Spectators of war : gendered witnessing, age, and red tape in the First World War writings of Edith Wharton and May Sinclair.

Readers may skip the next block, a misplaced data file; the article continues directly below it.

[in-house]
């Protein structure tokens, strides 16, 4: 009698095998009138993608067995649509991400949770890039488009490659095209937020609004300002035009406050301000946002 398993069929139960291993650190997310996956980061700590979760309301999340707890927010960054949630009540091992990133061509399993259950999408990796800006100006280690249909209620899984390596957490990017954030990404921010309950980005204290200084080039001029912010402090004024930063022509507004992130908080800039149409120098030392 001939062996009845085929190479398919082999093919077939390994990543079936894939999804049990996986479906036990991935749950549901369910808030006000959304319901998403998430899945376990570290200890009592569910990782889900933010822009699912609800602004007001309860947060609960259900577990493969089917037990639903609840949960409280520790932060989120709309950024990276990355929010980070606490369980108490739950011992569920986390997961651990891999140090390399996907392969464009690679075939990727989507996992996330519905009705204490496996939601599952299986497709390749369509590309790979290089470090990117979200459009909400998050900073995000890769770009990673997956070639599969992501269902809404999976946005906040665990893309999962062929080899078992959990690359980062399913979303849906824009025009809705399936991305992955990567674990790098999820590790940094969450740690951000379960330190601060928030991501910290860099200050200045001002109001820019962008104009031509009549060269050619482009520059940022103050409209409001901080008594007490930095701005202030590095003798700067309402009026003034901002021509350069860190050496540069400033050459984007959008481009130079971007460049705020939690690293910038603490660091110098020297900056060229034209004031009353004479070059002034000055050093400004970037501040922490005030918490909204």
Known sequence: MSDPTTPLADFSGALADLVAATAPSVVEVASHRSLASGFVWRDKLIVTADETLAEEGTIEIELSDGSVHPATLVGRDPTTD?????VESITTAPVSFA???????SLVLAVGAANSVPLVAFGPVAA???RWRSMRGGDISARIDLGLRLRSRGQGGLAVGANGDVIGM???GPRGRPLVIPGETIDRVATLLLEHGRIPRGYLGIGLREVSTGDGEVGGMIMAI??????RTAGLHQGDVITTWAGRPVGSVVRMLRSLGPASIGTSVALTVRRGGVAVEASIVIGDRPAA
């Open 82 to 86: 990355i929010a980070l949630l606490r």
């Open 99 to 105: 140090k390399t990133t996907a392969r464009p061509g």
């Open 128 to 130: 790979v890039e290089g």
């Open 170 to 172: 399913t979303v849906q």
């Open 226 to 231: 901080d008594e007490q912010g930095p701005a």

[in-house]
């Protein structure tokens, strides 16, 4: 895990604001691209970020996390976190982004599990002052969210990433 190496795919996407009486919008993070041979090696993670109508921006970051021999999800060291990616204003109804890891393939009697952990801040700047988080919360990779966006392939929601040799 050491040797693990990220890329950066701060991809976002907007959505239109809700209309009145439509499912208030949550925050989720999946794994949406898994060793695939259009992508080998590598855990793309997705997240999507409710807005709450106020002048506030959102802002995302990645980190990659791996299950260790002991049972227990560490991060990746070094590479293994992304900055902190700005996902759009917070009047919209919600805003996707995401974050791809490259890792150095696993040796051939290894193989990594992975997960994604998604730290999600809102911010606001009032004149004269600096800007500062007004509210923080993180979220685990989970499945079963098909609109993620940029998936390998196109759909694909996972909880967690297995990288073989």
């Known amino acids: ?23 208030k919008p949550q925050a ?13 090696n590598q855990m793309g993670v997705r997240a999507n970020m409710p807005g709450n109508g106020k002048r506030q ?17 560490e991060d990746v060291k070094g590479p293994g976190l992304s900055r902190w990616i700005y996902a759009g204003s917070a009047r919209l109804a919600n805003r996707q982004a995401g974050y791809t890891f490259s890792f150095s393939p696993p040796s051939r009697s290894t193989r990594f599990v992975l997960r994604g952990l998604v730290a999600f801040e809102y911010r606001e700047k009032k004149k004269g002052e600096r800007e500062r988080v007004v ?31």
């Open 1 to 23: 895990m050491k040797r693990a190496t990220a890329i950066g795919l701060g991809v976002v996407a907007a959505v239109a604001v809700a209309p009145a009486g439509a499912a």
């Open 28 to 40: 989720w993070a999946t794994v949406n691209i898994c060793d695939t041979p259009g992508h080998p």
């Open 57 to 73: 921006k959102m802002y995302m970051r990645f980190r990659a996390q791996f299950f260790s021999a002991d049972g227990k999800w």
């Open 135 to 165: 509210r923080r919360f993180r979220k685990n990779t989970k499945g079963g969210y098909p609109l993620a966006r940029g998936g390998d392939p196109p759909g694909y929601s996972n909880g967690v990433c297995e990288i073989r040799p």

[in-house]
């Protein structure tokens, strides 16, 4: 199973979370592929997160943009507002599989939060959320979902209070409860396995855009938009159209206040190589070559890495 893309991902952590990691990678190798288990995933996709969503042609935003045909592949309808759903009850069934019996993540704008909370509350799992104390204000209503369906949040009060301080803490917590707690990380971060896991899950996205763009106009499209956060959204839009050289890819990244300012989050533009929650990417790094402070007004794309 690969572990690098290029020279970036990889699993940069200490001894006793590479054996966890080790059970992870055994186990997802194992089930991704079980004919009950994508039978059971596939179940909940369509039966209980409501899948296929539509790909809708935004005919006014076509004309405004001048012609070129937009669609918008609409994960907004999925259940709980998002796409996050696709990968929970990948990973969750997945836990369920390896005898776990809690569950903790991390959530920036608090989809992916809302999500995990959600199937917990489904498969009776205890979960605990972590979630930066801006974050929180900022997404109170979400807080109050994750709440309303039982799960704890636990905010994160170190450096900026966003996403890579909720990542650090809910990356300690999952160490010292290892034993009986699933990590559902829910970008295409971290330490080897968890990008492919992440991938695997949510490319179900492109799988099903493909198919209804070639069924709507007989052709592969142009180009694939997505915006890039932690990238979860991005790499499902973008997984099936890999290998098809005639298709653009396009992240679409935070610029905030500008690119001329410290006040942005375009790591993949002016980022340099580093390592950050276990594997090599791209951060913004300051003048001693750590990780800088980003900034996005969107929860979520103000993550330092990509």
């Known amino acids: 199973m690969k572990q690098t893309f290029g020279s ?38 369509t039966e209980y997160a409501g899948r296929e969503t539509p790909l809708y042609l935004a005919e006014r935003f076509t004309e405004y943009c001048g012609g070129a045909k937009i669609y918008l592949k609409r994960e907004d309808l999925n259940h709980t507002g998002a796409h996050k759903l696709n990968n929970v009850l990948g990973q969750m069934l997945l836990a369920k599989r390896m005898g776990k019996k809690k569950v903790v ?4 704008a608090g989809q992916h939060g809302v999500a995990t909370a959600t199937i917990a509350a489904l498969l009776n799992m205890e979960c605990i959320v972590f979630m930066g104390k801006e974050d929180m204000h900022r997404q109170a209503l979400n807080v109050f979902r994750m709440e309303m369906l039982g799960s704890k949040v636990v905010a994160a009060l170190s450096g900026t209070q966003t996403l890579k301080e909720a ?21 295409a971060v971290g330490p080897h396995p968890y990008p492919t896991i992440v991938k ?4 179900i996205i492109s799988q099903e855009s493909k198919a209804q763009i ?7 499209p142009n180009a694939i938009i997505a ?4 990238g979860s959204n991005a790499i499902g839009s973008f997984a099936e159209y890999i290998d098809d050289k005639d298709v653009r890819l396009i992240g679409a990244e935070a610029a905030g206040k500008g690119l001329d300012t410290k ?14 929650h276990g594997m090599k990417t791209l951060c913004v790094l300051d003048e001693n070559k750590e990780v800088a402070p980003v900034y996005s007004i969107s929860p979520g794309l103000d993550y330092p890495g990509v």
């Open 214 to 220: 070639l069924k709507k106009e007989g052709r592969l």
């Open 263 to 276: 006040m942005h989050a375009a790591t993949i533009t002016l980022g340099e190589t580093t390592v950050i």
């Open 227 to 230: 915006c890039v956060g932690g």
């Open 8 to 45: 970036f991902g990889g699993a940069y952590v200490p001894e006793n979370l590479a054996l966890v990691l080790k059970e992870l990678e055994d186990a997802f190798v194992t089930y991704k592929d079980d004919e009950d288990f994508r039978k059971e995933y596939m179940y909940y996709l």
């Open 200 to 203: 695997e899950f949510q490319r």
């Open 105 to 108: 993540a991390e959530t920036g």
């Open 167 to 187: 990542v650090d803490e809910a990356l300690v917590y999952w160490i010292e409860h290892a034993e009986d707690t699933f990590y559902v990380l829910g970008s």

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This thesis examines the intersection of age and gender in the First World War life writings and short stories by Edith Wharton and MaySinclair. It was generally believed that women could not witness the war and produce compelling firsthand accounts because they were always barred from accessing the same spaces as men, and Sinclair and Wharton confront this issue in their approaches to genre. Both authors use writing as a way to create tangible value and purpose for themselves during the war, despite the obstacles they encounter due to their position as middle aged women. This thesis contributes to existing scholarship on women’s First World War writing by comparing two authors who are not normally discussed together, and by considering age in addition to femininity in regards to the limitations of witnessing.
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